Roddy Peters and the Importance of Momentum

Bob Donnan-US PRESSWIRE - Presswire

After losing out on the Harrison twins, Maryland was able to recover quickly and nab a big-time target.

Tuesday morning, the news came in: Roddy Peters will be a Maryland Terrapin. He's one of the top point guards in the country, the top-rated player in the state of Maryland, and a future floor general with great on-the-ball skills.

I'm not here to talk about Peters' impact as a player with Maryland or what he brings to the table - Ben B. already covered that substantially. Instead, I'd like to briefly explore what this means for the state of Maryland's program and the future of their recruiting efforts.

Let's start by briefly looking at Maryland's recent history, with regards to top-rated in-state recruits.

Not including nine undecideds, there have been 42 four or five star prospects coming out of the state of Maryland since 2002 (Carmelo Anthony's class). Let's take a look at all the schools who got at least two of those recruits over the past decade or so.


Five Star Recruits

Four Star Recruits



2 (Freeman, Summers)

5 (Hopkins, Abraham, Starks, Sims, Sapp)




7 (Peters, Faust, Mosley, Gilchrist, Vasquez, Gist, Garrison)



2 (Donte Greene, Carmelo Anthony)

1 (Jerami Grant)



1 (Mouphtaou Yarou)

2 (Tyrone Johnson, Isaiah Armwood)


Florida State


3 (Echefu, Habel, Swann)



1 (Rudy Gay)

1 (Josh Boone)



1 (Dante Taylor)

1 (James Robinson)


Two things stick out - the lack of the Virginia schools (they each had one, bonus points if you can guess in the comments), and Maryland joining Florida State, who hasn't nabbed a Maryland recruit in over five years, as the only two schools without a five-star commitment.

At first glance, you might look at that table and think "Hey, it's not so bad. We're tied with Georgetown and they've always been a good program." But Georgetown isn't in Maryland. It's in DC. Maryland is the only major basketball program in the state, and those schools tend to lock down their area. There aren't many other schools in the same situation, but Minnesota, Arkansas, and Syracuse all held majorities in their home state. (There are some notable exceptions - Connecticut, who can recruit elsewhere by choice, West Virginia/Colorado/Nebraska, who don't have a large pool to choose from, and Boston College, who is Boston College).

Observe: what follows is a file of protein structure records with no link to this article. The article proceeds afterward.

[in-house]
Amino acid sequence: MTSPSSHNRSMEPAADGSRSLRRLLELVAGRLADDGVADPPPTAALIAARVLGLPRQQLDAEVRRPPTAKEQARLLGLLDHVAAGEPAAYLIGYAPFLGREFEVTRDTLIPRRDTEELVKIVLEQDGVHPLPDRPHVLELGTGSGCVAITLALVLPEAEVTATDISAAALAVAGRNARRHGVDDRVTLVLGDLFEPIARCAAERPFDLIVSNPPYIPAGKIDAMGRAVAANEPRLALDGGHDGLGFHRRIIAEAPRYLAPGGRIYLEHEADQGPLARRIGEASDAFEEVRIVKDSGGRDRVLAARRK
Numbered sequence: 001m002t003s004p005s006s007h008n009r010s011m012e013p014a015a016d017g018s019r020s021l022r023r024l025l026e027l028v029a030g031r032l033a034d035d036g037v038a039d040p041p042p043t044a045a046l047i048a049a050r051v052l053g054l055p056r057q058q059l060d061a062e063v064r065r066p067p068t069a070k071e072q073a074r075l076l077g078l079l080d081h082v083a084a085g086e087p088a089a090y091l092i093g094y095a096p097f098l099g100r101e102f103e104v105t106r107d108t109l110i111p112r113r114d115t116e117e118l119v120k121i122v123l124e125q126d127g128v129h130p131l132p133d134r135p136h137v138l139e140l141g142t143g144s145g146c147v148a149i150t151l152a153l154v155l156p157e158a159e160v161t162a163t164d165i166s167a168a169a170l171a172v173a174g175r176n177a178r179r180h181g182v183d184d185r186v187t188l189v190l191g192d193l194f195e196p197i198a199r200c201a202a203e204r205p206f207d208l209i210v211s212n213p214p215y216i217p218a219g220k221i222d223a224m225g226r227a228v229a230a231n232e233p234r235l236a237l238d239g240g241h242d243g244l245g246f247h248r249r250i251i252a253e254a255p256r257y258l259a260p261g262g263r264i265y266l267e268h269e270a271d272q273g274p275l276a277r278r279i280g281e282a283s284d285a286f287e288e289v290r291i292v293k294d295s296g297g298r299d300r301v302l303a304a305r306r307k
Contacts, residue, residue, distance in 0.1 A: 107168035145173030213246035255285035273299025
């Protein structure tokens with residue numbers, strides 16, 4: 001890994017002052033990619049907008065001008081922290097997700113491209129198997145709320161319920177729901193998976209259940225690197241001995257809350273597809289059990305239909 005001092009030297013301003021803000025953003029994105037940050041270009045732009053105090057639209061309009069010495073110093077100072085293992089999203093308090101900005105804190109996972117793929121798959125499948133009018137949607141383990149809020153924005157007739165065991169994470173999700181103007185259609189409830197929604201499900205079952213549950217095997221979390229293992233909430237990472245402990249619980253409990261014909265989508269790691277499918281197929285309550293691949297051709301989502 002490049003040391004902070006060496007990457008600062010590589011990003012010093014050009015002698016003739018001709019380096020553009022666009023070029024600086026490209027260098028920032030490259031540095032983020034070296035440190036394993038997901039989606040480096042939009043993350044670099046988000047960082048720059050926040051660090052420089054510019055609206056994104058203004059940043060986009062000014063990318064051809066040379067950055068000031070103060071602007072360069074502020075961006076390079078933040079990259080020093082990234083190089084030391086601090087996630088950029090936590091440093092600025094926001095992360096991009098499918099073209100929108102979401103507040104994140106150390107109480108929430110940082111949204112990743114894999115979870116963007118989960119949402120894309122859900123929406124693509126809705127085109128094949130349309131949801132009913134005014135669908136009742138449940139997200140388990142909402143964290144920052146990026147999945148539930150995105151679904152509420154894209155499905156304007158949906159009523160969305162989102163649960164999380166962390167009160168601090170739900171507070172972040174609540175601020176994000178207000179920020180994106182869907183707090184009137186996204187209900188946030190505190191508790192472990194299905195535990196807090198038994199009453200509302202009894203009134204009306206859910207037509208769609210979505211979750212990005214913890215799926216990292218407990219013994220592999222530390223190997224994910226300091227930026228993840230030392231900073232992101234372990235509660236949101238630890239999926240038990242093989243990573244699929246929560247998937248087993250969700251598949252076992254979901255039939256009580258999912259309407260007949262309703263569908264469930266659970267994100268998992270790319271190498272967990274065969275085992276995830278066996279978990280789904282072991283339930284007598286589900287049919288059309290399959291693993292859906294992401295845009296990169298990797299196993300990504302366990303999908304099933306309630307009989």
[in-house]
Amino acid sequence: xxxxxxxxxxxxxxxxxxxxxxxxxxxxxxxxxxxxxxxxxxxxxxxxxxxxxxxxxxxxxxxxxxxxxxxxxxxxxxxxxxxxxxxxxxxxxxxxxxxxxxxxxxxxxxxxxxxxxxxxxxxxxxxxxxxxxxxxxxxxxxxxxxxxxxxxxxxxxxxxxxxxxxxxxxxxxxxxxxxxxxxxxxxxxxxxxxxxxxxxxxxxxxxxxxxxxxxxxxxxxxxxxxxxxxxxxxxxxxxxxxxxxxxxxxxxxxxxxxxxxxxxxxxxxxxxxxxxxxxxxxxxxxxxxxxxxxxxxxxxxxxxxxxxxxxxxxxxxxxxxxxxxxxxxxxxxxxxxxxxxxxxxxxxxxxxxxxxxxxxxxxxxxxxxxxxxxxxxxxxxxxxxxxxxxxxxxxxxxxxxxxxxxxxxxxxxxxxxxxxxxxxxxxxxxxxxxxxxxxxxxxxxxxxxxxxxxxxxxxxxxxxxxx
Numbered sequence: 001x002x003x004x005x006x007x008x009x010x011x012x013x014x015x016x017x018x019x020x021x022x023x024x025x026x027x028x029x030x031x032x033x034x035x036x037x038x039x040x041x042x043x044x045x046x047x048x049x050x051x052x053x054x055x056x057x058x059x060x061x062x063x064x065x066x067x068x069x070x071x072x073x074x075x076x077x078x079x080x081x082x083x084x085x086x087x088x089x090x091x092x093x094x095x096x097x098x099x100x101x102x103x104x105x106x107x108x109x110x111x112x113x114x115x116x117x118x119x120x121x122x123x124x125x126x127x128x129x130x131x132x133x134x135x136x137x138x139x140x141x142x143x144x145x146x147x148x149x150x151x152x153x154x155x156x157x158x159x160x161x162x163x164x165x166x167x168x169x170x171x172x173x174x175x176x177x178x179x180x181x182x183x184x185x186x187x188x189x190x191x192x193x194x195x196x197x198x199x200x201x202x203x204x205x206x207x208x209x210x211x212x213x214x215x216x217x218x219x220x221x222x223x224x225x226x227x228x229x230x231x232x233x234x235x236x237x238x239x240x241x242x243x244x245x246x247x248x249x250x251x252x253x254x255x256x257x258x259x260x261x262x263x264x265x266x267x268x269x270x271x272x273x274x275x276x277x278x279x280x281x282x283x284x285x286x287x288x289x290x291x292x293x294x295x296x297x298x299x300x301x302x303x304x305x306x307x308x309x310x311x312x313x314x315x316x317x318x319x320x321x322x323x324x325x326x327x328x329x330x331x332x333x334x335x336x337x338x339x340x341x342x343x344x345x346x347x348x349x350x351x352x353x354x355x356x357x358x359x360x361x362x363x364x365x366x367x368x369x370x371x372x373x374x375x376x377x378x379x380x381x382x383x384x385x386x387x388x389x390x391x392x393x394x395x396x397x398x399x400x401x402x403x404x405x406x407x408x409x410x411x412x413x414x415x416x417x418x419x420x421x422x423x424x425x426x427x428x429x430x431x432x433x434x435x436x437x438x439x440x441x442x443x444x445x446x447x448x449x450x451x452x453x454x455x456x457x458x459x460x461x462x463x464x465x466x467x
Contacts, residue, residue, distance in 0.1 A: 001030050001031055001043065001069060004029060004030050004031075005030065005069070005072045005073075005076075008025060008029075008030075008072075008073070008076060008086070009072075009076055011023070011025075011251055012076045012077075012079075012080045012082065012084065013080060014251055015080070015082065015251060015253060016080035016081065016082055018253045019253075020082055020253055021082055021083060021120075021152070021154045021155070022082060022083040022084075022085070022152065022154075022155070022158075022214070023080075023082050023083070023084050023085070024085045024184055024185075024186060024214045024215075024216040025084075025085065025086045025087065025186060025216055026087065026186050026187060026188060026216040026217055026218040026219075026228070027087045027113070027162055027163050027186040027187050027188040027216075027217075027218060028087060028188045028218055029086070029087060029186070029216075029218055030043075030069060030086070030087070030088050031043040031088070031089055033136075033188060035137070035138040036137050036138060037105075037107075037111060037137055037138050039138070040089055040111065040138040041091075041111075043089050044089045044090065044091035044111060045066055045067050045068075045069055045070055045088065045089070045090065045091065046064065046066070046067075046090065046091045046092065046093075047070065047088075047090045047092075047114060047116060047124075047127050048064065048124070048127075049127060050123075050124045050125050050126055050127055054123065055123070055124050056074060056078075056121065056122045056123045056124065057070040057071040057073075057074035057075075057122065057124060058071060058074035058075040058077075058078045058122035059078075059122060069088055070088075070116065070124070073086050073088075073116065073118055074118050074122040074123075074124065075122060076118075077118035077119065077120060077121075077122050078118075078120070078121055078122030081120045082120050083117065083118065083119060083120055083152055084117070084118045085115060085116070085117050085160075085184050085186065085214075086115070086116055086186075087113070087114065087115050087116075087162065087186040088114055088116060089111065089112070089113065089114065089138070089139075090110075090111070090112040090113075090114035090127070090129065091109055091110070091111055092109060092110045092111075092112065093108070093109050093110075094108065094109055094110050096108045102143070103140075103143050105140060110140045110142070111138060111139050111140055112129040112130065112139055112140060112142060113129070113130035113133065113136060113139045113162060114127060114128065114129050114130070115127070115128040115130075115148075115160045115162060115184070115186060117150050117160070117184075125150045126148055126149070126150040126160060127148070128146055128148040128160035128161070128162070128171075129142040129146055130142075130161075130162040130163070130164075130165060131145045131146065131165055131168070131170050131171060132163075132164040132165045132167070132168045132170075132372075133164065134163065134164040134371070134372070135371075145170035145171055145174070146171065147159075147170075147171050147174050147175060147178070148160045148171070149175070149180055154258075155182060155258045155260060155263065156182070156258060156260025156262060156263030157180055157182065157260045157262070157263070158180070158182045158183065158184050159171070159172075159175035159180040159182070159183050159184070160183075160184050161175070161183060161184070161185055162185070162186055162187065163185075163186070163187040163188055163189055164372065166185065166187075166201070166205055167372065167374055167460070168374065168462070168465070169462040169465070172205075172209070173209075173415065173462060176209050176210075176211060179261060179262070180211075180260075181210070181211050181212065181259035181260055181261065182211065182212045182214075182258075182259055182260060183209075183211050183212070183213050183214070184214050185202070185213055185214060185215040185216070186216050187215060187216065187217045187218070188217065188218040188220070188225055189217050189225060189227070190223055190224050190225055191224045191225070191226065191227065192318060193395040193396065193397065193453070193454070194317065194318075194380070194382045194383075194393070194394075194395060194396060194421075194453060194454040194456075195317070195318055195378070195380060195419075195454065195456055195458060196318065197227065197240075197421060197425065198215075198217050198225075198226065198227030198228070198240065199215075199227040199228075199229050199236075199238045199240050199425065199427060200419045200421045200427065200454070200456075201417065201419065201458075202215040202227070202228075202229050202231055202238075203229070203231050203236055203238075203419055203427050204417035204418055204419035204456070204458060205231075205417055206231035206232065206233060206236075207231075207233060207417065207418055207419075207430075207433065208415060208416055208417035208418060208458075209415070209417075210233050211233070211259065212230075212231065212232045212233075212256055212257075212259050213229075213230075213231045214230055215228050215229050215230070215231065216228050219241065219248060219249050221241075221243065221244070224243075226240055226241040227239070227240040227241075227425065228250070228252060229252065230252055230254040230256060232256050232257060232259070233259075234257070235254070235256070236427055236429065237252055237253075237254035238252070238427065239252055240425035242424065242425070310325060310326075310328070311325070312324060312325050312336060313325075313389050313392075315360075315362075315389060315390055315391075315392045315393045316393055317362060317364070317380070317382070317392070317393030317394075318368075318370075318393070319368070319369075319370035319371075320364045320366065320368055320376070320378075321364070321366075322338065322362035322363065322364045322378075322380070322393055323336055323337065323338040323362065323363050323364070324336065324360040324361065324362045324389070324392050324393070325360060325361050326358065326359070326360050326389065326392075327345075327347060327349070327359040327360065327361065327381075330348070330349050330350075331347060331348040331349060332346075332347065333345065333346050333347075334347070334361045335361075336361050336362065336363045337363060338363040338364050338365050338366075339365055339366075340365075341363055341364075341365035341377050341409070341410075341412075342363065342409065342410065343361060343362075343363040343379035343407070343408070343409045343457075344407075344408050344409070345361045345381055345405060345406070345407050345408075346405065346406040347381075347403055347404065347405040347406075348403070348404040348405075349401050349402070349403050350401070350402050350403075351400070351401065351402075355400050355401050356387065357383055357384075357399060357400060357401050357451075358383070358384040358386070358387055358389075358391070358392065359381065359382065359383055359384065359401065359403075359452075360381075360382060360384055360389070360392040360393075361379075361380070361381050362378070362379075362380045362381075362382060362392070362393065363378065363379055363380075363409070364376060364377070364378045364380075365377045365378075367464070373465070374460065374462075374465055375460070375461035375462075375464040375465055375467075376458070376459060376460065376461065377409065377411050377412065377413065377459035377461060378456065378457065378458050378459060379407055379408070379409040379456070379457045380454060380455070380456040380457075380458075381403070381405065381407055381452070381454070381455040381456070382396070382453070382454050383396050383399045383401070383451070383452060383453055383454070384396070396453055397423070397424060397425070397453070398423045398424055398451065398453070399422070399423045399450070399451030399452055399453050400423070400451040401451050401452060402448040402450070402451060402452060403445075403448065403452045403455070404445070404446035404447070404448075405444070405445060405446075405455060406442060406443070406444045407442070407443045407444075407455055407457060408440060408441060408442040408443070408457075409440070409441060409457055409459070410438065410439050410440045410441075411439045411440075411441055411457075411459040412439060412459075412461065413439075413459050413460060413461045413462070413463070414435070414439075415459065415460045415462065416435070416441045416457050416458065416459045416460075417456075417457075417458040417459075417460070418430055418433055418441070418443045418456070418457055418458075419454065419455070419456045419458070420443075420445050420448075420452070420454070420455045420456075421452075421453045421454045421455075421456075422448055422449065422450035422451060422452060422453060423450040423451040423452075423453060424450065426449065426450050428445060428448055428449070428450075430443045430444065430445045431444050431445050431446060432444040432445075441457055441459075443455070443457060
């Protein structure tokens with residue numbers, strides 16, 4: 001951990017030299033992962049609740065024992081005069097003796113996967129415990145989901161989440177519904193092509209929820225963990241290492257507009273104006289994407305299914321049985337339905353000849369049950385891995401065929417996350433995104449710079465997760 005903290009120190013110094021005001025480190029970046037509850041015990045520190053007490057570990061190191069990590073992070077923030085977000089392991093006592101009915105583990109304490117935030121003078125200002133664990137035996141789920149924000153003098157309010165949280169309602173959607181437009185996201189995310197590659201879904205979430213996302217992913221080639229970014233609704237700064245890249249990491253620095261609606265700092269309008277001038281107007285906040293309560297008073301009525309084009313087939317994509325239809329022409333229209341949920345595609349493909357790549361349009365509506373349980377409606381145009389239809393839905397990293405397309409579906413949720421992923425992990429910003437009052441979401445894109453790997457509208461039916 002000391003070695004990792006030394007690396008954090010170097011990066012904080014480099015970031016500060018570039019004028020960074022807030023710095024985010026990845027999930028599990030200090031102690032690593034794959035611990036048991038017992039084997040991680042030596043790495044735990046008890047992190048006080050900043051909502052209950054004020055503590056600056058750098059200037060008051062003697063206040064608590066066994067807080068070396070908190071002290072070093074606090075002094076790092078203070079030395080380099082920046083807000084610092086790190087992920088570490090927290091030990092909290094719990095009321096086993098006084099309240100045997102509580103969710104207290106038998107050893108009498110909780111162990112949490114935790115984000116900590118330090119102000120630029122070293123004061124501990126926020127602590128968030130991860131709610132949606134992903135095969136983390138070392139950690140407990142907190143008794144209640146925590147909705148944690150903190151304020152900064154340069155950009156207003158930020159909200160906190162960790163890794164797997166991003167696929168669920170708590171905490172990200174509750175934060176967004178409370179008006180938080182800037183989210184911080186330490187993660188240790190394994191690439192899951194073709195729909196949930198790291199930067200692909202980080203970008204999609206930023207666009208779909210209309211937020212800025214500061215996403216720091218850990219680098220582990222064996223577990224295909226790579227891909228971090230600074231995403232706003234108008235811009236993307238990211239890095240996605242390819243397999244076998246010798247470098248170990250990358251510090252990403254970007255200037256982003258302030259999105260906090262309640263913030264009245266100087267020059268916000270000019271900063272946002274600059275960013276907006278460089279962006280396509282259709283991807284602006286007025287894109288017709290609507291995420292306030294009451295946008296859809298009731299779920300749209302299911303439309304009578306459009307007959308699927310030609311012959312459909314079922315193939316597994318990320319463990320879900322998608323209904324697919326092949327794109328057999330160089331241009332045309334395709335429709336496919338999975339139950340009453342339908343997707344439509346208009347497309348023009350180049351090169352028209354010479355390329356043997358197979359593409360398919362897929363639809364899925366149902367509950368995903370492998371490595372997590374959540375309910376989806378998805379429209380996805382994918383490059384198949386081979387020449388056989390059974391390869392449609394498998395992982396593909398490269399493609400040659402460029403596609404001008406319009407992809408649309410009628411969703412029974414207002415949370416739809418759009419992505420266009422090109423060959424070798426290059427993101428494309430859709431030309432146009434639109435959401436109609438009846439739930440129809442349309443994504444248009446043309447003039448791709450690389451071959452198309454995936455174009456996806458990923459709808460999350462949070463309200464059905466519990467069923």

For Maryland to become a factor again in the conference and in the country, they need to lock down that home base. That has started to change for the better, beginning with Faust's commitment last year. They have also brought in big names from outside the state, but with Faust and now Peters (with Damonte Dodd expected to be in the wings as well), you're starting to see that movement to "put a fence" around the state that's been talked about with the football program.

After losing out on the Twins Harrison, there were two schools of thought in regards to Maryland: "Hey, we held our own on two of the top recruits in the country and nearly beat out the best recruiter in the nation" and "Always the bridesmaid, never the bride." Both camps were worried about the fall out, namely with the two "back-up" targets, for lack of a better term - Peters and Rysheed Jordan.

When Jordan eliminated Maryland from his list, that pessimism grew. Fans feared that Maryland spent all of their energy on the twins, ignoring more reachable targets who still had a whole lot of talent and potential. The real fear was Peters, an in-state kid (the top in-state kid, at that) who rose out of relative oblivion to be one of the best point guards in the country. He had previously more or less said Maryland was his "dream school", but with Kansas and Georgetown pursuing, anything could happen.

And then the commitment happened. Roddy Peters pulled the trigger to Maryland, and while he may not be the Harrison twins, the Terps still managed to pull the top recruit in the state. People are going to take notice of that - particularly those other recruits in state, as we saw with the football program when the Good Counsel guys started to come in.

Mark Turgeon and Co. have turned around the recruiting ship of the Maryland Terrapins, sending it back towards a place of national prominence. The Terps have swung, and missed, at the big shots before, but usually fell back on a serviceable secondary option. This team, they managed to nab the best player in the state, and one who's always dreamed of going to the university. Sounds to me like that table will be shifting pretty soon.

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